My initial thoughts on the matter was that Samsung and all other android phones got the better of Apple by introducing NFC early. NFC makes te phone ready to interact with contactless payment terminals that are already pre-existing.  However after a few months I began to see that the smartphones can actually do more to resolve current issues with fraud concerning payment card, and just putting NFC to allow the phones to interact with the payment terminals like they were contactless smart cards is a terrible waste of opportunity to correct the flaws in our current way of cashless payments and perhaps the fact that Apple did skip on NFC for 2 versions now was not dumb after all. A new payment transaction model is required and is possible using the smart phones, and as hard as this is to implement, this should really be the way to go.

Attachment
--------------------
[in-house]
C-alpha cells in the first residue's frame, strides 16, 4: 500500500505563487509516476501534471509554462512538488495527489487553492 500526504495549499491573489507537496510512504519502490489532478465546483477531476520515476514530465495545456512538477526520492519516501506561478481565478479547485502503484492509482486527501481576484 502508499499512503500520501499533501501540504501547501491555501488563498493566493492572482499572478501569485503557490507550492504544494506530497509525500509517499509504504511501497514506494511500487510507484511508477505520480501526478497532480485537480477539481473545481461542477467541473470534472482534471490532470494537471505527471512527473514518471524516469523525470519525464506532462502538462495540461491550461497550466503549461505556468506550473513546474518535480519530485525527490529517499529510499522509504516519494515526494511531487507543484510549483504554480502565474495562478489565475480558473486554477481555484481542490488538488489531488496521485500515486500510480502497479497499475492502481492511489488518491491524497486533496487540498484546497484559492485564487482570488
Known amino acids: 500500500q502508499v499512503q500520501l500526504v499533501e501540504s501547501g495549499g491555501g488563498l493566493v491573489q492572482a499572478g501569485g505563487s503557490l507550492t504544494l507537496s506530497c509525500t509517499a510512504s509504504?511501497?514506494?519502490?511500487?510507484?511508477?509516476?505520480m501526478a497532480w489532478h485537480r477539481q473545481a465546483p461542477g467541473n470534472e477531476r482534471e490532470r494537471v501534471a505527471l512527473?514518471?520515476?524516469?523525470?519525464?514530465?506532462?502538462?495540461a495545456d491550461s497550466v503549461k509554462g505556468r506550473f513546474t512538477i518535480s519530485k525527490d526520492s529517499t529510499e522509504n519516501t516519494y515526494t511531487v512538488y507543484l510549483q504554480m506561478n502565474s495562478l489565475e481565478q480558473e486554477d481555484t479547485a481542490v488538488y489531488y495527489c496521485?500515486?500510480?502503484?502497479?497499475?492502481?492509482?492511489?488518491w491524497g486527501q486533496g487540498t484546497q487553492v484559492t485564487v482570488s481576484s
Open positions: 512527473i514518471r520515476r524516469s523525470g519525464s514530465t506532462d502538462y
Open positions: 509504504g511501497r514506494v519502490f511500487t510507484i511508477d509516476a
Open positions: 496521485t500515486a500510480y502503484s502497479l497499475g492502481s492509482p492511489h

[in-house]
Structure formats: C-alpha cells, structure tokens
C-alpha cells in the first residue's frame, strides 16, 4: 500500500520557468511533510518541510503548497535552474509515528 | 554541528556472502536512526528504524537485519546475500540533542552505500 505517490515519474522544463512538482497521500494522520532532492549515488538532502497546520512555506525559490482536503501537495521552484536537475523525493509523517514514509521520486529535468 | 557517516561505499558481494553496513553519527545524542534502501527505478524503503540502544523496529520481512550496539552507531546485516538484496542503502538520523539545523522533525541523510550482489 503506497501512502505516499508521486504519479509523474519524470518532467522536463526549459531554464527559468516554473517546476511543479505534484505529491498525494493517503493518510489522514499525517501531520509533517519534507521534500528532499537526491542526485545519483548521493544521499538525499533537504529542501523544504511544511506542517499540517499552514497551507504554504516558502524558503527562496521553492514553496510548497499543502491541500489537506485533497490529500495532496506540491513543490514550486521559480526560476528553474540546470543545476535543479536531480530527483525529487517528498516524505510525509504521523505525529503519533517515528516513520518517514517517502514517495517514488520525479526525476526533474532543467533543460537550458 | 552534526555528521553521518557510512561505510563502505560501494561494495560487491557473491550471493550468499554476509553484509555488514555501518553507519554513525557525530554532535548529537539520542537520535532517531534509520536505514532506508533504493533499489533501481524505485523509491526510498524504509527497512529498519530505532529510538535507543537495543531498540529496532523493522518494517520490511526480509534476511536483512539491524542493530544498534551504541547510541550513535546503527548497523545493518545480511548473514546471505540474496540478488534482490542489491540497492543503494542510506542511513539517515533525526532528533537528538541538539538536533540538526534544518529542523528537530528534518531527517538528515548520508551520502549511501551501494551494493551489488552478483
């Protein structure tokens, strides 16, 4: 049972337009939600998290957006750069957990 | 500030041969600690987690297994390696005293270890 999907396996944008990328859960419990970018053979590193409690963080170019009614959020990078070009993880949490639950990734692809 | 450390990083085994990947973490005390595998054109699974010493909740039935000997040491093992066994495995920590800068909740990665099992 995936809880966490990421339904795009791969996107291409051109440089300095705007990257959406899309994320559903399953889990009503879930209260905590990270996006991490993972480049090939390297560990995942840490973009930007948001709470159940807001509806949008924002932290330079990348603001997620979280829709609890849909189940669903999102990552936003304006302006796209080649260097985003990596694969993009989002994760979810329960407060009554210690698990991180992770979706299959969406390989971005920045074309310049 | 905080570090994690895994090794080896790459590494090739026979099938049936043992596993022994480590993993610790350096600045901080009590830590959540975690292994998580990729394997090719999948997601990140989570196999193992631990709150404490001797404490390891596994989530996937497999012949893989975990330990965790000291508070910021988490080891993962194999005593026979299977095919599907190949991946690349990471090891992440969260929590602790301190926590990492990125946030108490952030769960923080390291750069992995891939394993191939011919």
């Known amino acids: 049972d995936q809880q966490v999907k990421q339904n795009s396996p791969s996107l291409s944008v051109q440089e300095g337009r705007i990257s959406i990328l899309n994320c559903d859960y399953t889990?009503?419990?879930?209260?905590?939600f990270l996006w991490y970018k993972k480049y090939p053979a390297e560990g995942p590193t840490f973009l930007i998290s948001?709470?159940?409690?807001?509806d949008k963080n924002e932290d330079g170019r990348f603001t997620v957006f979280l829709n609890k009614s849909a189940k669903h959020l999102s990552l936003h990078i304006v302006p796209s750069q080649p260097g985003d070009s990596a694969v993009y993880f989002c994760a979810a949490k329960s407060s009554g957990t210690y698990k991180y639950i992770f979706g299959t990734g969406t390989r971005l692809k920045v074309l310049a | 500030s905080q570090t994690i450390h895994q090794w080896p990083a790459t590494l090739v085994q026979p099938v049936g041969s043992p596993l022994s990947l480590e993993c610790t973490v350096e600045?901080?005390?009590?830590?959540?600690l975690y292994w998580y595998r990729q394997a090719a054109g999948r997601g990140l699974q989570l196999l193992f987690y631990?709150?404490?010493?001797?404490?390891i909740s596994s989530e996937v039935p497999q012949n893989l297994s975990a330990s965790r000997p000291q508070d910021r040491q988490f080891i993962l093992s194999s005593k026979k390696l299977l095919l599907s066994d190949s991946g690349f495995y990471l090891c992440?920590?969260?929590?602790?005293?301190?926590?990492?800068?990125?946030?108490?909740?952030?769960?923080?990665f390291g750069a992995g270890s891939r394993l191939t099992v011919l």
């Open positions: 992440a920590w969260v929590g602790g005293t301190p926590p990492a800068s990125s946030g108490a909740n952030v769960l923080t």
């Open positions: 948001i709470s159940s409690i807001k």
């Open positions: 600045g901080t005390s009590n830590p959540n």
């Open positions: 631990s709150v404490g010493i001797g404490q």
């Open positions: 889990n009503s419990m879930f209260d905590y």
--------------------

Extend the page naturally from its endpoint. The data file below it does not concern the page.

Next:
To summarize what I am saying, NFC is a neat and cool technology, the problem is the payment system itself - layman thinking would be - if my payment card can be cloned during the occasional times that I use it, how easier will it be for the same thing to happen to me if the numbers are on my phone which is accessible to the network 24/7.   ---   

 

Assuming that the payment system gets fixed (this is controversial since EMV compliance is exactly about this, however it was about making the cards as secure as possible, With a 24/7 connected smart phone it should  be possible to theoretically request payment for your purchases through the bank or credit agent, and for the credit agent/ bank to just notify the retailer that an amount has been credited to his account. This resolves multiple things namely any transactions against a particular account will always come from a single device or a set of registered devices simplifying security, also no disclosure of account numbers or credit  information to any third party except your creditors.) ,  in all probability NFC will still be most efficient comm to use in  payment transactions and I think it should continue to be part of the phone of the future.